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PERMACULTURE: Planting In Zones

By Diane Kennedy for Let’s Talk Plants! April 2023.

Zone One is the area around your house where you visit several times a day. Wix stock photo.

Planting in Zones

Permaculture design arranges types of plants in zones. You’ve probably looked up your USDA or Sunset growing zones to see what plants will do well where you live. With permaculture zones, the emphasis is on appropriate placement of plants.

Zone One is the area around your house where you visit several times a day. This area often is the path out your front door to your car. In this area plant those plants that require a lot of attention, and those you want to look at a lot. Your favorite flowers go here, as well as herbs you commonly use for dinner and small fruit like strawberries. If you don’t grab those berries while they are ripe, you know something else will.

Zone two. Wix stock photo.

Zone Two is an area that you go to several times a week. A vegetable garden may go in this zone, or a meditation area.

Citrus trees may be in Zone Three. Wix stock photo.

Zone Three you visit several times a month. Citrus trees may fit into this category.

Apple trees are in Zone Four. Wix stock photo.

Zone Four you visit several times a year. Here are fruit trees that produce one crop a year, or pathways through areas where blooms appear at certain months of the year only.

Zone Five is the native area and wildlife corridor. Wix stock photo.

Zone Five is always your native area. Here there grows a mixture of native plants – not just wild plants – thrive. Zone Five is for observation about how nature works. This sounds a little far-out, but just watching can give you insights on how plants work together, natural phenomena, and the role of birds and insects. Zone Five also provides a wildlife corridor where animals and insects can move through a safety net of shrubs. As San Diego has been classified as an ‘epicenter of extinction’ it is vital that every backyard provides even a small habitat of native plants.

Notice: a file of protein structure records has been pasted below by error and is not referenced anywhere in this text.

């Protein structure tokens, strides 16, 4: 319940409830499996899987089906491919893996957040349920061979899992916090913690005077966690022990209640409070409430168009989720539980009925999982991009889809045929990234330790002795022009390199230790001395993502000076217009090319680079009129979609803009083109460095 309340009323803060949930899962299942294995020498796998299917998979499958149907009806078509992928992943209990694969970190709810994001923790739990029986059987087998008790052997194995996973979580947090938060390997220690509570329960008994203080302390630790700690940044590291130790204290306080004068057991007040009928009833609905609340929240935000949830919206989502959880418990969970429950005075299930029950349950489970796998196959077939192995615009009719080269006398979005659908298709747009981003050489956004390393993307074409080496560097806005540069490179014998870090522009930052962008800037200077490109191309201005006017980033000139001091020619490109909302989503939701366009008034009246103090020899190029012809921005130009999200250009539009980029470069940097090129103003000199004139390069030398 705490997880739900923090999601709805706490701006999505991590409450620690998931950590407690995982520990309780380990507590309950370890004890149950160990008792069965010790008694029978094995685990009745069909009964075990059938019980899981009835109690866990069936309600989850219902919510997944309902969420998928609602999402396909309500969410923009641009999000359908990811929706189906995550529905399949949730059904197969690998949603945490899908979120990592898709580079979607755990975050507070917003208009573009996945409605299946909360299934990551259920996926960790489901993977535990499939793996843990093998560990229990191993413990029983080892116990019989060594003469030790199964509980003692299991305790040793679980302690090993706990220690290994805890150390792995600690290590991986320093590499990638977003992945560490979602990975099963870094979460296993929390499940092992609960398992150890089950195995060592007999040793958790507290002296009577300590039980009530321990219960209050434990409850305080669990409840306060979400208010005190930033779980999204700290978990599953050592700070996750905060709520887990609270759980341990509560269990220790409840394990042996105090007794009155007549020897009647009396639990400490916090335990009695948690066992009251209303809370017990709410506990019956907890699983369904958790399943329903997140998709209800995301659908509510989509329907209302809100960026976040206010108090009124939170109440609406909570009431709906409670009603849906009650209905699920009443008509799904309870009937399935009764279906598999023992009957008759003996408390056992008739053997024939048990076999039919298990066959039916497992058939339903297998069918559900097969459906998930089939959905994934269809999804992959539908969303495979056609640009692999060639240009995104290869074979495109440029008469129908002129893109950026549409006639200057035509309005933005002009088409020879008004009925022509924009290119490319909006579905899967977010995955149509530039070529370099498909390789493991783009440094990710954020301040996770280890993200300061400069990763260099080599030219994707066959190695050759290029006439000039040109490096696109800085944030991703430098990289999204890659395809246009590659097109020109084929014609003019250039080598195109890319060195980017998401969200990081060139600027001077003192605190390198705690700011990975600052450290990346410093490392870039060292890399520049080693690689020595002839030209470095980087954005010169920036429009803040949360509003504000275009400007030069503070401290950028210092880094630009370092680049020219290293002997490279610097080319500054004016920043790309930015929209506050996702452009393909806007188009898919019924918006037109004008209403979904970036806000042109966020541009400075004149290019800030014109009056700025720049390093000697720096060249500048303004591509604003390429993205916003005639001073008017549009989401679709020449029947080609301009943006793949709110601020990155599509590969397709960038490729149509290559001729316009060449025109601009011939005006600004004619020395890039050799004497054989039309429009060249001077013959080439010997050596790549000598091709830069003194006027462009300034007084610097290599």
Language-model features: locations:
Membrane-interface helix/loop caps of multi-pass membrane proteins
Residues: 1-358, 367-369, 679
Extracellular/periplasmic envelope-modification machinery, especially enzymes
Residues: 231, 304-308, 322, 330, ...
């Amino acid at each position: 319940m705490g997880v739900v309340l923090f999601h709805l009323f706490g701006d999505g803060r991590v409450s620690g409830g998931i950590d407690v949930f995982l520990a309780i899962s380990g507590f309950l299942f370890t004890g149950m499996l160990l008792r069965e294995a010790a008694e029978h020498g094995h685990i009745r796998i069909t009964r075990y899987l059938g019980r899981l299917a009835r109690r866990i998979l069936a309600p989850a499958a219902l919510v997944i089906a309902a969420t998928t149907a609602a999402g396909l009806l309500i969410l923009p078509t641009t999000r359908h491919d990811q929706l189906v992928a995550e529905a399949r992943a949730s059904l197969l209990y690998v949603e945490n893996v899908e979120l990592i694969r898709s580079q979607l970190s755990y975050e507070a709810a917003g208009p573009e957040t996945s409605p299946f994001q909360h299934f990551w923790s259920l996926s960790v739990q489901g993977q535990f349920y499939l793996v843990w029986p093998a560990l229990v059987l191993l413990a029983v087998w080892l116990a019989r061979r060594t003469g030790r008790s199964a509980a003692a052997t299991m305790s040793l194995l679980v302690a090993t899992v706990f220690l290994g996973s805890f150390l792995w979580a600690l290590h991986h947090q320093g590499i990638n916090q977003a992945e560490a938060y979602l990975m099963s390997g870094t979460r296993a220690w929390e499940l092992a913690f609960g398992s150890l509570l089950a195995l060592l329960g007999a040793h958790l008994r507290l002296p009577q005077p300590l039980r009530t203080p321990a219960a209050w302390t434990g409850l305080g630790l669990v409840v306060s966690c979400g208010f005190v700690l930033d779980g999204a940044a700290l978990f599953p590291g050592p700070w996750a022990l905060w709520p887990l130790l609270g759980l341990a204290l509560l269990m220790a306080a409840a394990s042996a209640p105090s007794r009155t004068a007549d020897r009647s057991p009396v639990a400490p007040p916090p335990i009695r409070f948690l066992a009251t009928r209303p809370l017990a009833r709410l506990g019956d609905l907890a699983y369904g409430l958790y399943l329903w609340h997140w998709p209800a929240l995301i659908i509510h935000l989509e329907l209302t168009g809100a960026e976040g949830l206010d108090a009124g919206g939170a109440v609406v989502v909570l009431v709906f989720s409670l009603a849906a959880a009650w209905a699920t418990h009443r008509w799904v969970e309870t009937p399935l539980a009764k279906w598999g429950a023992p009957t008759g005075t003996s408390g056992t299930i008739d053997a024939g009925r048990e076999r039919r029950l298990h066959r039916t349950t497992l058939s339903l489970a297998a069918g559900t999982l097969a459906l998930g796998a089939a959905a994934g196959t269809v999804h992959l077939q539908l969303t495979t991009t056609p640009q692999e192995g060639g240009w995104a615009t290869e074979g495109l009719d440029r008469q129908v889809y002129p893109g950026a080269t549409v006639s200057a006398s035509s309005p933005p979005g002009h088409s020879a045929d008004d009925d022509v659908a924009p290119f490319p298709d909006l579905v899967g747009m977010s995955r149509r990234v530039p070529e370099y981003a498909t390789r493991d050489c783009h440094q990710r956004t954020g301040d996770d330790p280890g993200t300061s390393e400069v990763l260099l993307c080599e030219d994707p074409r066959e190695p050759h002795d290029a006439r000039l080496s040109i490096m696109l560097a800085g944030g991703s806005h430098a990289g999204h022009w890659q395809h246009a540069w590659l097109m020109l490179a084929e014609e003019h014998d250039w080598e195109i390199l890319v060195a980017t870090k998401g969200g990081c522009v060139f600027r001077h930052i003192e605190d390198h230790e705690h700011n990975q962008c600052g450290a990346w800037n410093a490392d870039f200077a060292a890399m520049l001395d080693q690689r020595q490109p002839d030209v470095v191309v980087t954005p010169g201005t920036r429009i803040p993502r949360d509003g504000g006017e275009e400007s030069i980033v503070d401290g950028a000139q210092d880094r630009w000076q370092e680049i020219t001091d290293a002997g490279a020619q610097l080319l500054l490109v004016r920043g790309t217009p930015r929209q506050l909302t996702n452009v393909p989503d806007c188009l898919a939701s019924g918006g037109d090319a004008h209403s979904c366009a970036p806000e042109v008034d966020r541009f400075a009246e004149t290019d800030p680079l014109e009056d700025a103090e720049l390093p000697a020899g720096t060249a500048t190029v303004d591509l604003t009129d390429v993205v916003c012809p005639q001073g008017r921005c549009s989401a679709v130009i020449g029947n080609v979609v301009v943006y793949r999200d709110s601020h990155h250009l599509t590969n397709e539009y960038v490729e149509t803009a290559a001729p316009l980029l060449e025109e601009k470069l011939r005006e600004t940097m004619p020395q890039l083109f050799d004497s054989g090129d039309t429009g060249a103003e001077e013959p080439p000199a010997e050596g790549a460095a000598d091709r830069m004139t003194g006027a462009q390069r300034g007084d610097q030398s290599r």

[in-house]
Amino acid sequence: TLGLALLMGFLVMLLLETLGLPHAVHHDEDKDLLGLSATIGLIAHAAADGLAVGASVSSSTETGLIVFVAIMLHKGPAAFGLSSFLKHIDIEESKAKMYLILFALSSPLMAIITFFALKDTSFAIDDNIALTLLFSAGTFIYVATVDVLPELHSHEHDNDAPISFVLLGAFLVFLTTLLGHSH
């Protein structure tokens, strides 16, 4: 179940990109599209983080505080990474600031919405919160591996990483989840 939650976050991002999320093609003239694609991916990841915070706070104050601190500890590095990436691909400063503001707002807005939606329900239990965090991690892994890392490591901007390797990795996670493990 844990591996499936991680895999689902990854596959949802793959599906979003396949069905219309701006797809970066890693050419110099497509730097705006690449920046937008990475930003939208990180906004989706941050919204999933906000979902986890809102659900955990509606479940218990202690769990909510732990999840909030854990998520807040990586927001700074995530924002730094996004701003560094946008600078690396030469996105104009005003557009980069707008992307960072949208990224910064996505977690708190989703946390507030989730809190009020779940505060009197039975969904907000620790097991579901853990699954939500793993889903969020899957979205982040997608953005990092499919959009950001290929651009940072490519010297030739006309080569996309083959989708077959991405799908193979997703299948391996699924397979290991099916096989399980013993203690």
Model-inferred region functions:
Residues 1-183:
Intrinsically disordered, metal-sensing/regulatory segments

These Zones can be adapted for use whether arranging pots on your balcony, planting a small backyard, or designing many acres.

Zone Zero is you! Wix stock photo.

Zone Zero was added to these original zones and it refers to you, and whoever lives at that property. Your health, your happiness, and the value of your time is all part of permaculture. The healthier you are the less your negative imprint on the world in the form of medicines taken and passed out into the watershed, of how active you are in your garden, and how much you enjoy your property because you are feeling well. Begin your design from the indoors, by using your windows as picture frames. Place benches, pathways, and trees where they will be celebrated from where you sit having a meal or resting. Be sure that you have the privacy to move around in and out of your house without being watched by neighbors or passers-by.

Arranging plants and other garden features in zones of use allows you the opportunity to save time and effort and get the most out of your design.


Diane Kennedy.

Diane Kennedy has certificates in Permaculture Design, Irrigation, QWEL, and an AA in Landscape Architecture.

She has been designing, consulting, writing and lecturing about permaculture since 2011.

She and her daughter, Miranda, own and operate Finch Frolic Garden Permaculture, a food forest through which they give educational classes. They both volunteer with the Fallbrook Land Conservancy’s Native Plant Restoration Team.


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